"I did not have idolatry with those people, the nation of Israel. I never told anyone to commit idolatry, not a single time, never. These allegations are false and I need to go back to work for the Israelite people."Hmm.... Well, anyway, Third, Aaron blames the calf (24)! Well, he blames the calf, the fire, the gold; it's hard to tell. "I threw it in the fire, and, darnedest thing, out came this calf. Shazam."
- Overall, give a selective narrative (v. 24). "Out came this calf." In a sense, that's true. A very, very tortured sense. Moses obviously wasn't buying, since his history had already observed that Aaron "received the gold from their hand and fashioned it with a graving tool and made a golden calf" (v. 4). Oopsie. Aaron left that part out. "But I didn't deny it!" he might have said, when confronted. (Slick.)
But Aaron didn't. He panicked. He gave in, unctuously working out a way to see himself as not responsible, every step of the way. "I'm not the bad guy here." Did Aaron care about Yahweh? Did he care about the people? Maybe. But not nearly enough.
Now, many modern applications are jostling about in my mind. I think many of them are fairly obvious. Every church movement, every fad born primarily of "felt needs" gained by polling (i.e. the lust to be popular), rather than eternal truths and principles gained by Biblical study (i.e the passion for God and His glory), has Aaron as its forefather. I'll leave it to our very sharp readers to comment further on specific applications.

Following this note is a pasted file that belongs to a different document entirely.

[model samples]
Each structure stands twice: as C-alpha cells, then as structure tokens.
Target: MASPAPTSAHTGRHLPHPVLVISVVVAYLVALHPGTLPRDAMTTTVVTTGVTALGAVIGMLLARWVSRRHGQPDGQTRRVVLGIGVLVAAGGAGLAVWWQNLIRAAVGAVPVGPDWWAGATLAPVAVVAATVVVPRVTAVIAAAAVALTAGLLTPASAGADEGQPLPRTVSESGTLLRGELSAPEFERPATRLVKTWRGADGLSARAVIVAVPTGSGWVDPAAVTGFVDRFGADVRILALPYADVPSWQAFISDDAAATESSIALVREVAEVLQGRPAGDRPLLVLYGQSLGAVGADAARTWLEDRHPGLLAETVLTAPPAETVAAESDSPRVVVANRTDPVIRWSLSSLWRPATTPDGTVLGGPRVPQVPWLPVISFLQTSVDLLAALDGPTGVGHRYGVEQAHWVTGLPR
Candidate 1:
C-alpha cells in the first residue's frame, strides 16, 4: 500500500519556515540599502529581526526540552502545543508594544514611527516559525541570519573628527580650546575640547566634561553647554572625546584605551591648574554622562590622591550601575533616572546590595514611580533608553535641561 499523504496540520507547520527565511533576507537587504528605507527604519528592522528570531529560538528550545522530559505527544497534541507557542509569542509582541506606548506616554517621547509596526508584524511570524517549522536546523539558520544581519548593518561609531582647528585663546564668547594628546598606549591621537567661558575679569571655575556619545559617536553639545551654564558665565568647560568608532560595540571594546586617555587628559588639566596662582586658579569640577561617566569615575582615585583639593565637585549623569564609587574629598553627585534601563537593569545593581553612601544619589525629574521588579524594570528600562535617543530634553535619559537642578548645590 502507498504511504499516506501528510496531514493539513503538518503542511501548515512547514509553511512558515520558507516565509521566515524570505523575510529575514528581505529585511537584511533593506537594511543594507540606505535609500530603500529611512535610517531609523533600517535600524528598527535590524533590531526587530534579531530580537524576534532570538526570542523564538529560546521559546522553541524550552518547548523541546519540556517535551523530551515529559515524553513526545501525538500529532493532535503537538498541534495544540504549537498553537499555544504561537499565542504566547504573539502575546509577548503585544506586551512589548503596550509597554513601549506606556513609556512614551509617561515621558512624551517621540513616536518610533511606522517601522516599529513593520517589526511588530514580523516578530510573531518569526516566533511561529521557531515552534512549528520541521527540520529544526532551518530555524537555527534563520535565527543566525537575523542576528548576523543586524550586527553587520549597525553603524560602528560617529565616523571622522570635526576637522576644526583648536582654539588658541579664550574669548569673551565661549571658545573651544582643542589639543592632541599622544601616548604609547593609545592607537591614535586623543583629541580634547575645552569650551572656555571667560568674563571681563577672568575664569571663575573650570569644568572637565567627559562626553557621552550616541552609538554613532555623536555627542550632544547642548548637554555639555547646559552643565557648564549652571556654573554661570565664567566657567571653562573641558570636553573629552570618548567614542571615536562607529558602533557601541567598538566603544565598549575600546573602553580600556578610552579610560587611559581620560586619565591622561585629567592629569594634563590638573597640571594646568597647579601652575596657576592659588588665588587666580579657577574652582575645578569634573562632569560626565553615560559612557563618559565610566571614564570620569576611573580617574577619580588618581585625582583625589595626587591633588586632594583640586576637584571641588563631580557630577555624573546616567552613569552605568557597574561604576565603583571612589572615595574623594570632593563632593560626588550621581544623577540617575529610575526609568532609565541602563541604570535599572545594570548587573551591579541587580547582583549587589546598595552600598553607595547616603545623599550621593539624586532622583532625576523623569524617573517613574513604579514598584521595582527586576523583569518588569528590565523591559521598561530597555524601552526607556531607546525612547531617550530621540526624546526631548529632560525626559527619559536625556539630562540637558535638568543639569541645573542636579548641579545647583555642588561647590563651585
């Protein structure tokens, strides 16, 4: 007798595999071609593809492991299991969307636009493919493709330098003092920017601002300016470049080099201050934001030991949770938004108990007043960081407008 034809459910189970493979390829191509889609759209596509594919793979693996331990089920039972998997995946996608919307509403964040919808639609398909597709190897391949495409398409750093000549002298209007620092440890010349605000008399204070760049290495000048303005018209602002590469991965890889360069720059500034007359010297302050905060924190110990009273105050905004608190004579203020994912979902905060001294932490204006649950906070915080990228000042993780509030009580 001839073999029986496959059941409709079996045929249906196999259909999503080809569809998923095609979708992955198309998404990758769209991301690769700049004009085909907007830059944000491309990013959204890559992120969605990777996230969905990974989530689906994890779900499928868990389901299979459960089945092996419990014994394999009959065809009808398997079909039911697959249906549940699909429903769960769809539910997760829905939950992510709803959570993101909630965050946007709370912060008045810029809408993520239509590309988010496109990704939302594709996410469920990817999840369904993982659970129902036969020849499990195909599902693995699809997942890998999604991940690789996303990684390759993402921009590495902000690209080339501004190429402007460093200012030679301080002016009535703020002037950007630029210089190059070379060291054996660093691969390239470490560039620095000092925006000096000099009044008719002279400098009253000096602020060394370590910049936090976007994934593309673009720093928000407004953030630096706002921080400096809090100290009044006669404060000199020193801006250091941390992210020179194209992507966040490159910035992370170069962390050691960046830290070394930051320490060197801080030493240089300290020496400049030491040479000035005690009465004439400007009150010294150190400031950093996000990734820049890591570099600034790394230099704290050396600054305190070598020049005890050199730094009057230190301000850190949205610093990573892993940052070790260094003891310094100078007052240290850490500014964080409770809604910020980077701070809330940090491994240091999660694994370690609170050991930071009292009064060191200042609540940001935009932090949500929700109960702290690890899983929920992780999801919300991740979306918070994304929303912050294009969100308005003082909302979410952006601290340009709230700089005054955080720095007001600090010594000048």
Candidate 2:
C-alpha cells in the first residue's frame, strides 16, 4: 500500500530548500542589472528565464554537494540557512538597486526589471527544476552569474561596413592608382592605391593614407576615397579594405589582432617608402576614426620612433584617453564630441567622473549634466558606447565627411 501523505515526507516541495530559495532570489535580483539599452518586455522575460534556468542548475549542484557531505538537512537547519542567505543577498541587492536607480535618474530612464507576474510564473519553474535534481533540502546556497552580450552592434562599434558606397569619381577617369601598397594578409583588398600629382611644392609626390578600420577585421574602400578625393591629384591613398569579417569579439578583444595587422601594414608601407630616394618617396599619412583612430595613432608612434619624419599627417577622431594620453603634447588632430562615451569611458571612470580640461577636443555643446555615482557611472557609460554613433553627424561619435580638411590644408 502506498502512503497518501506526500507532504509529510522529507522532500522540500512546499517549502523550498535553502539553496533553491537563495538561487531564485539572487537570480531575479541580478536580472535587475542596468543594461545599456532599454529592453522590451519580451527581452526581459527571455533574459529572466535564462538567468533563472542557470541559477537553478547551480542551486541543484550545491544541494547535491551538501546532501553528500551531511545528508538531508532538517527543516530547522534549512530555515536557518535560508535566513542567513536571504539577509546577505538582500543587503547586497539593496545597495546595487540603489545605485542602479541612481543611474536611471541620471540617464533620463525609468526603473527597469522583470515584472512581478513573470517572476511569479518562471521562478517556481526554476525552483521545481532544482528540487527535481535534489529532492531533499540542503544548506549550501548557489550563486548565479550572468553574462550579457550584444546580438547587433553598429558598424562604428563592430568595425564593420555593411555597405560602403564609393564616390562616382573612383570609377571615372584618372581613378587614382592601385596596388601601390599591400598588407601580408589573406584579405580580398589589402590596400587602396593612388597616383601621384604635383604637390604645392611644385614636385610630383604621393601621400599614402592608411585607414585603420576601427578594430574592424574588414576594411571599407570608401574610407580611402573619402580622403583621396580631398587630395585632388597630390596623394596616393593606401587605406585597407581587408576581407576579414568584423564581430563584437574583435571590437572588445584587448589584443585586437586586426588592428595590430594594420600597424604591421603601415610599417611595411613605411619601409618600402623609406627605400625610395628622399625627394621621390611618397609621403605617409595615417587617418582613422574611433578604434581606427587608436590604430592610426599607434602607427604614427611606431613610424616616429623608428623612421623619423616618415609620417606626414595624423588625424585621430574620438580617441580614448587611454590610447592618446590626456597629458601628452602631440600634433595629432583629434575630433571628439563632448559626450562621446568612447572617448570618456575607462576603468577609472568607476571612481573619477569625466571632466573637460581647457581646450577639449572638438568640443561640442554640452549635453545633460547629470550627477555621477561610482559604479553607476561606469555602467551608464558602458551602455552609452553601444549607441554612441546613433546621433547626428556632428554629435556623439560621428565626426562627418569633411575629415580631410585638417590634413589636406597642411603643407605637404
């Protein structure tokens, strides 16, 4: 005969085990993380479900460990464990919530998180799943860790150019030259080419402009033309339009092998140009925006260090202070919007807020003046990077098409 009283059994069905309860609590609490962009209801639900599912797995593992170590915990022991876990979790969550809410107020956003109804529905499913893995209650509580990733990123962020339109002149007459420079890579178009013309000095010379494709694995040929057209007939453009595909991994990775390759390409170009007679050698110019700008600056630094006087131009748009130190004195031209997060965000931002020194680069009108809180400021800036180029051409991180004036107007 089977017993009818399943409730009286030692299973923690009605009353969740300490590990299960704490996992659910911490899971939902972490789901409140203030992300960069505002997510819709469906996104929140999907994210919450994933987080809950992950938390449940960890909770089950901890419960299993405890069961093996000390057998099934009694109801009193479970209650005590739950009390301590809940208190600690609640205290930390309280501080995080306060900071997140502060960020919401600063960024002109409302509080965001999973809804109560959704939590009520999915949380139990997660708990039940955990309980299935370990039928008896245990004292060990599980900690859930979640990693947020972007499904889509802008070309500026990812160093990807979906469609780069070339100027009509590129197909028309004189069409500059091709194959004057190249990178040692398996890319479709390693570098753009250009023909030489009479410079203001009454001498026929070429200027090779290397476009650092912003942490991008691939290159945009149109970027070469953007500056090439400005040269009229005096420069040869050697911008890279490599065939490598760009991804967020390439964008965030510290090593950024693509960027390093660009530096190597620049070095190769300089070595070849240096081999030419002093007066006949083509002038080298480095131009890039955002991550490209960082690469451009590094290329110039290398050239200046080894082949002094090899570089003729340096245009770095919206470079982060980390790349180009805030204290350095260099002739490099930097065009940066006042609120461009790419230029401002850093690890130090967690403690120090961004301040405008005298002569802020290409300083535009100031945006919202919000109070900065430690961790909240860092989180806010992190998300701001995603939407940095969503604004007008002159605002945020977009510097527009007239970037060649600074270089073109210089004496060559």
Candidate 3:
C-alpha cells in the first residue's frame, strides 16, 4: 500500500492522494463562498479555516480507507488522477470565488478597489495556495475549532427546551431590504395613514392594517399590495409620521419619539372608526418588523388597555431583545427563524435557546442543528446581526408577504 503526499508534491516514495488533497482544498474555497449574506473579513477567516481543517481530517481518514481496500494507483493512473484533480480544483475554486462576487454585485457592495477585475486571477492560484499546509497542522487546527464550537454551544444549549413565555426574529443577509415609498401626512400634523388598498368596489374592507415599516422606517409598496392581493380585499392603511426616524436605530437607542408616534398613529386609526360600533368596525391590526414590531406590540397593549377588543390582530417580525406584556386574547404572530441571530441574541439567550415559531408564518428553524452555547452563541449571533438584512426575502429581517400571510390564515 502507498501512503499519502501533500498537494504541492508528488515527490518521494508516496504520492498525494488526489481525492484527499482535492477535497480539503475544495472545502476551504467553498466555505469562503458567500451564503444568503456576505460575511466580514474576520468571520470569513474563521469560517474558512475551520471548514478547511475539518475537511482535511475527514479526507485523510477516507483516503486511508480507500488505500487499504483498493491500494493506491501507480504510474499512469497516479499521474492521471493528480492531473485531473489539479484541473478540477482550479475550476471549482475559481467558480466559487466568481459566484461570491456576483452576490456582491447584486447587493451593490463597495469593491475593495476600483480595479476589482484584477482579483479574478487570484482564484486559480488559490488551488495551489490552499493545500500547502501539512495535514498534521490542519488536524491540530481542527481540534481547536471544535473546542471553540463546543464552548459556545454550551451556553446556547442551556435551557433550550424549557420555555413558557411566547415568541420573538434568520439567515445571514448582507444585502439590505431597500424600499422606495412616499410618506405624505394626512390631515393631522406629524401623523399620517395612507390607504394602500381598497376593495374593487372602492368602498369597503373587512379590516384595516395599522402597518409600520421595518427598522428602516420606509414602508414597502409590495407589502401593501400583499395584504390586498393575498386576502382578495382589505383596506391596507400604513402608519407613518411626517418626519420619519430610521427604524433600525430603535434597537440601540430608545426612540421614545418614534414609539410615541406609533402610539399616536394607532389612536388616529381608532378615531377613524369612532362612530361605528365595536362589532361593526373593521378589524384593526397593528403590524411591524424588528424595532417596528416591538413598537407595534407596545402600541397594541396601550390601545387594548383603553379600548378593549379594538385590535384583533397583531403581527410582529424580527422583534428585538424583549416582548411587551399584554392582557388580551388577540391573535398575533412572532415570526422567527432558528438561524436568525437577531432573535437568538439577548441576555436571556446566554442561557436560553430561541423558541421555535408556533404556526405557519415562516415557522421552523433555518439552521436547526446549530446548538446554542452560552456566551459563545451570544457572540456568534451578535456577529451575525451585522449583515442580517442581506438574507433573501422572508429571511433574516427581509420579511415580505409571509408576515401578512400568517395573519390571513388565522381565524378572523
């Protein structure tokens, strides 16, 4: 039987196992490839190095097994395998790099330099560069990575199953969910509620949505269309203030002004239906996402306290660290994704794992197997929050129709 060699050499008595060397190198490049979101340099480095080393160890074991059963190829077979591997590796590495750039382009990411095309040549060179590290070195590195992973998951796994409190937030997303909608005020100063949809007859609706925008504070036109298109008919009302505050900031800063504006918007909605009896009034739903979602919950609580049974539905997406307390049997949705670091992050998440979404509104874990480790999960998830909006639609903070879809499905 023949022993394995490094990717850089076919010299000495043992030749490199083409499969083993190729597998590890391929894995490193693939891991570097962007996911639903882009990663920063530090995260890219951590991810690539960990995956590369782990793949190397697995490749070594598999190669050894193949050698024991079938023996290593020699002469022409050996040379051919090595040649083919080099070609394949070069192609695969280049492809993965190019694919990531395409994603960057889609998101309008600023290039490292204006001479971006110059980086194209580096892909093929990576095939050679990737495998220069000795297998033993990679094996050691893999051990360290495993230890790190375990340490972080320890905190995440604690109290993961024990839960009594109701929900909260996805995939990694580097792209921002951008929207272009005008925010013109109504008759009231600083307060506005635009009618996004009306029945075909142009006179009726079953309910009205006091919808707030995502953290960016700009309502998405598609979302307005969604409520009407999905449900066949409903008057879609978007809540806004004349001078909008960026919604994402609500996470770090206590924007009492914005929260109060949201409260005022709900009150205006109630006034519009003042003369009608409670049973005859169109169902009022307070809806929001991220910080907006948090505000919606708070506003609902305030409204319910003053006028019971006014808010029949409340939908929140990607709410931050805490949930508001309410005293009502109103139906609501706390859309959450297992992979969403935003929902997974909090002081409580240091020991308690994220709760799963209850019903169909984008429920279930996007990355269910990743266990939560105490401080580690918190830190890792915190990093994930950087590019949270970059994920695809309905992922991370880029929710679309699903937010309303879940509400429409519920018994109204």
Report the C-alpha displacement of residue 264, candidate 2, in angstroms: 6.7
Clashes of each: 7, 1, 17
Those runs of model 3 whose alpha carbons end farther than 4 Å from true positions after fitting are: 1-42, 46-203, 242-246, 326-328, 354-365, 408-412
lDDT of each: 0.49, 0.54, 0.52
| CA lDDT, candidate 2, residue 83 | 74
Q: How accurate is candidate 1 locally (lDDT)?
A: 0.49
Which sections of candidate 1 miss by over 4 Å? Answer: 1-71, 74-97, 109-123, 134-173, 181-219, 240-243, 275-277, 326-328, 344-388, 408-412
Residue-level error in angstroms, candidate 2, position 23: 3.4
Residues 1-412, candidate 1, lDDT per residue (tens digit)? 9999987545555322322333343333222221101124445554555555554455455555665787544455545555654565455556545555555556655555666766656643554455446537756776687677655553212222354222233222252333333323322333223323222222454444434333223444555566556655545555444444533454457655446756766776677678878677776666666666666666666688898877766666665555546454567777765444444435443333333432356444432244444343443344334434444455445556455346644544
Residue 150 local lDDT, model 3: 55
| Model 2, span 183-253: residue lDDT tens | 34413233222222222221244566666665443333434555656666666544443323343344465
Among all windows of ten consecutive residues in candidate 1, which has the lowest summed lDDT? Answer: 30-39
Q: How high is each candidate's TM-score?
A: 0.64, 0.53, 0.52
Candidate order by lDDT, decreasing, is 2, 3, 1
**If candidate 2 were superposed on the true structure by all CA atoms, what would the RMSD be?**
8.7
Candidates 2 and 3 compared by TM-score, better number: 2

But before leaving off, let me point out something. In every type, every foreshadowing of the person and work of the Lord Jesus, there are designed connections, and designed disconnections.
For instance, consider the sacrificial system. The sacrifice was physically perfect, vicarious, and bloody; these are connections. But they were animal sacrifices, they did not purchase full forgiveness, they had to be repeated; these are disconnections. Both connections and disconnections point forward to the immeasurably greater glory of Christ.
So Aaron stands as High Priest, representing the people before God. Even while Aaron is preparing to defect so miserably, up in the mountain, God dictates to Moses a design for a garment which twice depicts the fact that he carries the people on his heart and shoulders before Yahweh (Exodus 28:9ff; 39:14). That is Aaron's priestly duty. It is a point of connection to Christ. It all points forward to the Lord Jesus, who also carries His people's names on His heart before the Father in Heaven (Hebrews 7:25).
Yet Aaron failed miserably in this office. Aaron cared about Aaron. He did not care, above all, for Yahweh and His people. He could not bear that burden himself. He was not sufficient. And in this, too, Aaron points forward to Christ, who never failed those He led by giving over to their shifting will (Matthew 16:21-23), and who did not allow the most Hellacious torment in history to drive Him from performing every last work that His priestly care for them required (John 12:27-28; 13:1; 17; Hebrews 2:14-15; etc.).
Aaron's personal example would point us one way. Christ's entire character, life and ministry would point us in the opposite direction.
Which shall we choose to emulate?